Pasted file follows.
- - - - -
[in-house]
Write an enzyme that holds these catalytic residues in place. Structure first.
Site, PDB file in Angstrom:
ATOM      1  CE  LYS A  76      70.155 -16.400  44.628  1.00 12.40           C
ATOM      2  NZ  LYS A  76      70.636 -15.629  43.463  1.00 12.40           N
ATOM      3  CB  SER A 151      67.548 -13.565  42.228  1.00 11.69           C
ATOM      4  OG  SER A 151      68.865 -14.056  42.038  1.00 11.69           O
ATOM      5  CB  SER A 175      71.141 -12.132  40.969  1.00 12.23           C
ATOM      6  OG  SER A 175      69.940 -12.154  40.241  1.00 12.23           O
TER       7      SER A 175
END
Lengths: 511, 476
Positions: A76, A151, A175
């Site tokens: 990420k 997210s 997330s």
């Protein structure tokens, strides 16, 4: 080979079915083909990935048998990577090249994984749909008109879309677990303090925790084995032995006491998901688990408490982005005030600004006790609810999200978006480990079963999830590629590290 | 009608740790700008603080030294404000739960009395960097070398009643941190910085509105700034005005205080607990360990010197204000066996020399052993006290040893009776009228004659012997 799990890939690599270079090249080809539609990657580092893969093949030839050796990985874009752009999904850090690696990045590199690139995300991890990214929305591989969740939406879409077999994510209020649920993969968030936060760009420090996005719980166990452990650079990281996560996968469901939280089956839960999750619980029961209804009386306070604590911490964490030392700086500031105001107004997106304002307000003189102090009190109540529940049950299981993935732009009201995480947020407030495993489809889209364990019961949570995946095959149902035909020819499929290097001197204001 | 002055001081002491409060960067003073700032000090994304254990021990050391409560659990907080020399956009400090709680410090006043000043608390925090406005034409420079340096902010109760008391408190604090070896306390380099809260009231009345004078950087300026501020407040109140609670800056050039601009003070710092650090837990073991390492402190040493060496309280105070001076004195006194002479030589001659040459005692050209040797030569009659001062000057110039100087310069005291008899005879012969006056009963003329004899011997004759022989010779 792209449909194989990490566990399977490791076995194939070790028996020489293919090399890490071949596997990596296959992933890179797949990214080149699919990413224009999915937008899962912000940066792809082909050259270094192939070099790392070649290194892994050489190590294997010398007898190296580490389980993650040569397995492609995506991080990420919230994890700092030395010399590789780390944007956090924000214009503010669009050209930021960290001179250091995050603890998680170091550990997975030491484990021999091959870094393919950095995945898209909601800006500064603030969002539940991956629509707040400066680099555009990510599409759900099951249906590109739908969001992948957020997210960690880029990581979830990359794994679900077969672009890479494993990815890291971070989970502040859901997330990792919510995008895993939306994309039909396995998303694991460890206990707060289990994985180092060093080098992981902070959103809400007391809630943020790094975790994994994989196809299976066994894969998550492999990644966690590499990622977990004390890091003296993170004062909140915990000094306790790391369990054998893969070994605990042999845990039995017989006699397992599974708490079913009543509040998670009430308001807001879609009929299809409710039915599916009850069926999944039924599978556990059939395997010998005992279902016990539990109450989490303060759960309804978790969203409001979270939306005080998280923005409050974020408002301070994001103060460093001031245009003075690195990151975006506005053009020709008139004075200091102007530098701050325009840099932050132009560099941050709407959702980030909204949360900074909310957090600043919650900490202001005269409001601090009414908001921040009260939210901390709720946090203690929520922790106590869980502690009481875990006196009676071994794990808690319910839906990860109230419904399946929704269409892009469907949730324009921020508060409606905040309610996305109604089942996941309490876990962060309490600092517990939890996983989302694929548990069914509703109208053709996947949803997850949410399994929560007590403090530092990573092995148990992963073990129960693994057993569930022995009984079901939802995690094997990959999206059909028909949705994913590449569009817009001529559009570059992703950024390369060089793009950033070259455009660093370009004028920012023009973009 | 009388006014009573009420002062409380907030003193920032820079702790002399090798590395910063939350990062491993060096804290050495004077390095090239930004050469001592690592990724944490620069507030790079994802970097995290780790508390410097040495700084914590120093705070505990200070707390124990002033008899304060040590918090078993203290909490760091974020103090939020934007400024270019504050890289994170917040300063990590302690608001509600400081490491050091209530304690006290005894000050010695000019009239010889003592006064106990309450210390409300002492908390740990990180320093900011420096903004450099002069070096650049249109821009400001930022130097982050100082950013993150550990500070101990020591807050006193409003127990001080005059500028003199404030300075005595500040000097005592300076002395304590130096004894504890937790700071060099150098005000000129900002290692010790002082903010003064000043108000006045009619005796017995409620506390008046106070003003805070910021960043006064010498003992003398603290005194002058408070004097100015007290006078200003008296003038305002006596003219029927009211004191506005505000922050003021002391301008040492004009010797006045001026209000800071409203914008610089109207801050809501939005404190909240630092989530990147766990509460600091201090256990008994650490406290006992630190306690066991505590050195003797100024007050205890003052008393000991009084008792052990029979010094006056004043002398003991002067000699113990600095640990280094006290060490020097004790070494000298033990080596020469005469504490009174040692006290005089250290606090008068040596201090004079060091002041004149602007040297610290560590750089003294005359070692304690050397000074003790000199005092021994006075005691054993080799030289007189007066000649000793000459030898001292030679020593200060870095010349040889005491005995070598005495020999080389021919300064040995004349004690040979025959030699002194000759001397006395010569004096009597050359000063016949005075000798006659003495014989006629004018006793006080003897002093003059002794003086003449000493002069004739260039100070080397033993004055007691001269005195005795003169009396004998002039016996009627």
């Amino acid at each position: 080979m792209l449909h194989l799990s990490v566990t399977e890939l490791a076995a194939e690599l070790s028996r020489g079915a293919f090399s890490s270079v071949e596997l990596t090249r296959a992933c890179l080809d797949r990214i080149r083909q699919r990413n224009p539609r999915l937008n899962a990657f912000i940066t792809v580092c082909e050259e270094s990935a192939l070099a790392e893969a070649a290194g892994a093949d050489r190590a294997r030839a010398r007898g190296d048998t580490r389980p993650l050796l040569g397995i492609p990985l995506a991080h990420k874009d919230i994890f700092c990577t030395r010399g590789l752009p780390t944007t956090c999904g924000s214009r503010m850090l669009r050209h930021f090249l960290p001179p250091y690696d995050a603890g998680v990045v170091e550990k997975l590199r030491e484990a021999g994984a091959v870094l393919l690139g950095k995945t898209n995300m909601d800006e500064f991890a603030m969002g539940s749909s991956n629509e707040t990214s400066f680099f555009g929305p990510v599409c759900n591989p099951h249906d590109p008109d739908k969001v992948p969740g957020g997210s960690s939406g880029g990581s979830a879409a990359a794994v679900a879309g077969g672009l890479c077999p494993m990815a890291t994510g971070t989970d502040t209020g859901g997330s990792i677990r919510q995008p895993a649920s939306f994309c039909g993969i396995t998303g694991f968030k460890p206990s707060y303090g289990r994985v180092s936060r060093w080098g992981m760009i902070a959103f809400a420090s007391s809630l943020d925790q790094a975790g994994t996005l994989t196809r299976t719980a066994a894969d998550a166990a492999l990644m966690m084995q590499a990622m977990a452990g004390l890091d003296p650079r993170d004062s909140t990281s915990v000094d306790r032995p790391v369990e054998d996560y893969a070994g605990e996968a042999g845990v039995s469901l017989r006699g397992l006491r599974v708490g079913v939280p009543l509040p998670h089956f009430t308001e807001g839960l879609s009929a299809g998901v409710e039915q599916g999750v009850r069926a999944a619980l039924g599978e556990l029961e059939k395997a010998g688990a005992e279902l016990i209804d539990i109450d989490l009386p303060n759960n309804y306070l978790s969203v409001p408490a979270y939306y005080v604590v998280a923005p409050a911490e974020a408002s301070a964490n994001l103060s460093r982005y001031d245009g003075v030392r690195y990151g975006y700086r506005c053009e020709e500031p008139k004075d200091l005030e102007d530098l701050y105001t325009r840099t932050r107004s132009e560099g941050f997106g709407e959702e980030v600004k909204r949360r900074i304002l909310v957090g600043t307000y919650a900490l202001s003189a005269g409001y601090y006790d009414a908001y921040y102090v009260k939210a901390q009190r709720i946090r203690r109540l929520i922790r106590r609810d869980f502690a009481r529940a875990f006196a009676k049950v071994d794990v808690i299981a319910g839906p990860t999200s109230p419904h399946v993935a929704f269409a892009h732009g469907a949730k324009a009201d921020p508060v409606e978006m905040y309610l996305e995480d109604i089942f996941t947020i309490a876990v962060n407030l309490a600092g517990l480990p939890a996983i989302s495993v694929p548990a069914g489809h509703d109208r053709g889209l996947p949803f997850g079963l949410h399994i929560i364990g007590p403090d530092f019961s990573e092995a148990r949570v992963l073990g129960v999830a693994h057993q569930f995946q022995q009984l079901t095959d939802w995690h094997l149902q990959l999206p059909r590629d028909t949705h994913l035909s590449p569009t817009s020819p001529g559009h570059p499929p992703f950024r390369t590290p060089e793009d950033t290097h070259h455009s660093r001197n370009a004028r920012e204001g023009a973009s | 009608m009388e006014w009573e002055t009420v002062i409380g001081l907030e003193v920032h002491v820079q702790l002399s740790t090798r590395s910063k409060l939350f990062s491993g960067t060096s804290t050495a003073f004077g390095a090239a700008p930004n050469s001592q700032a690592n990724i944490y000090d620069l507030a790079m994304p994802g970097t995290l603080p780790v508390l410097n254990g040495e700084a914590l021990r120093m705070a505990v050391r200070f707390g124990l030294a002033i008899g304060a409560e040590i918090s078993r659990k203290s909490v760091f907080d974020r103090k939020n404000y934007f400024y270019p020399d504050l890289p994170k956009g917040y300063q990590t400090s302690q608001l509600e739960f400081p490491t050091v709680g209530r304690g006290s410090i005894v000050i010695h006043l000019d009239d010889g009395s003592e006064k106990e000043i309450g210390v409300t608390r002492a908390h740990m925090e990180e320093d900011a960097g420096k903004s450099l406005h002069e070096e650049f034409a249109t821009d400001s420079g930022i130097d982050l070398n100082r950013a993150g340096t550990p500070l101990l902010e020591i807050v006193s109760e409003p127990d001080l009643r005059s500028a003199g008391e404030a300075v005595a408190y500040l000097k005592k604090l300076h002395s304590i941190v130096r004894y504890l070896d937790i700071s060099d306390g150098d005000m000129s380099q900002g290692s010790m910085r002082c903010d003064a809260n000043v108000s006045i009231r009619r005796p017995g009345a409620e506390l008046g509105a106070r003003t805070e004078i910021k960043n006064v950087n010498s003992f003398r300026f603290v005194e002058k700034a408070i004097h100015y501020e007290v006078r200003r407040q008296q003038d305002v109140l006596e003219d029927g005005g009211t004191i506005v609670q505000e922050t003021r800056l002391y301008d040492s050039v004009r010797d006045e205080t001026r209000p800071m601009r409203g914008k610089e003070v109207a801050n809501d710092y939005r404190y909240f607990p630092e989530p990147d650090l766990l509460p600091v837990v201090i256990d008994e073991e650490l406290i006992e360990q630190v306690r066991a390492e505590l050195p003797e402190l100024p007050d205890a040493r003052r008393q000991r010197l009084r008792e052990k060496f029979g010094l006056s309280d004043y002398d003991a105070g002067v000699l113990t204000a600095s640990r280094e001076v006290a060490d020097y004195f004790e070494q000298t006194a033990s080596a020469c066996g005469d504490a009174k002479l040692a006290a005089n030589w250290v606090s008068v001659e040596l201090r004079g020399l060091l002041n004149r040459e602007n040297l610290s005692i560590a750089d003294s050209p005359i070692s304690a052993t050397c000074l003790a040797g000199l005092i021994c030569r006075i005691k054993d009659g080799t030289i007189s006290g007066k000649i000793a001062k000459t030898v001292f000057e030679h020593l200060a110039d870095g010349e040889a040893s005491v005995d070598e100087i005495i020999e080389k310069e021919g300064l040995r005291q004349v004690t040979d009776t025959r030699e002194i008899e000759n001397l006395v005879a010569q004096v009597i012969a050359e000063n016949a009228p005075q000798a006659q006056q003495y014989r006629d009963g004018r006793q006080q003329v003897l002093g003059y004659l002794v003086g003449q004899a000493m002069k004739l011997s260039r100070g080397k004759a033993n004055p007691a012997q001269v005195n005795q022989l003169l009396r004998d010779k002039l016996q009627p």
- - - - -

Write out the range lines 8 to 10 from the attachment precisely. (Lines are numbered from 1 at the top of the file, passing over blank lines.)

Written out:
ATOM      5  CB  SER A 175      71.141 -12.132  40.969  1.00 12.23           C
ATOM      6  OG  SER A 175      69.940 -12.154  40.241  1.00 12.23           O
TER       7      SER A 175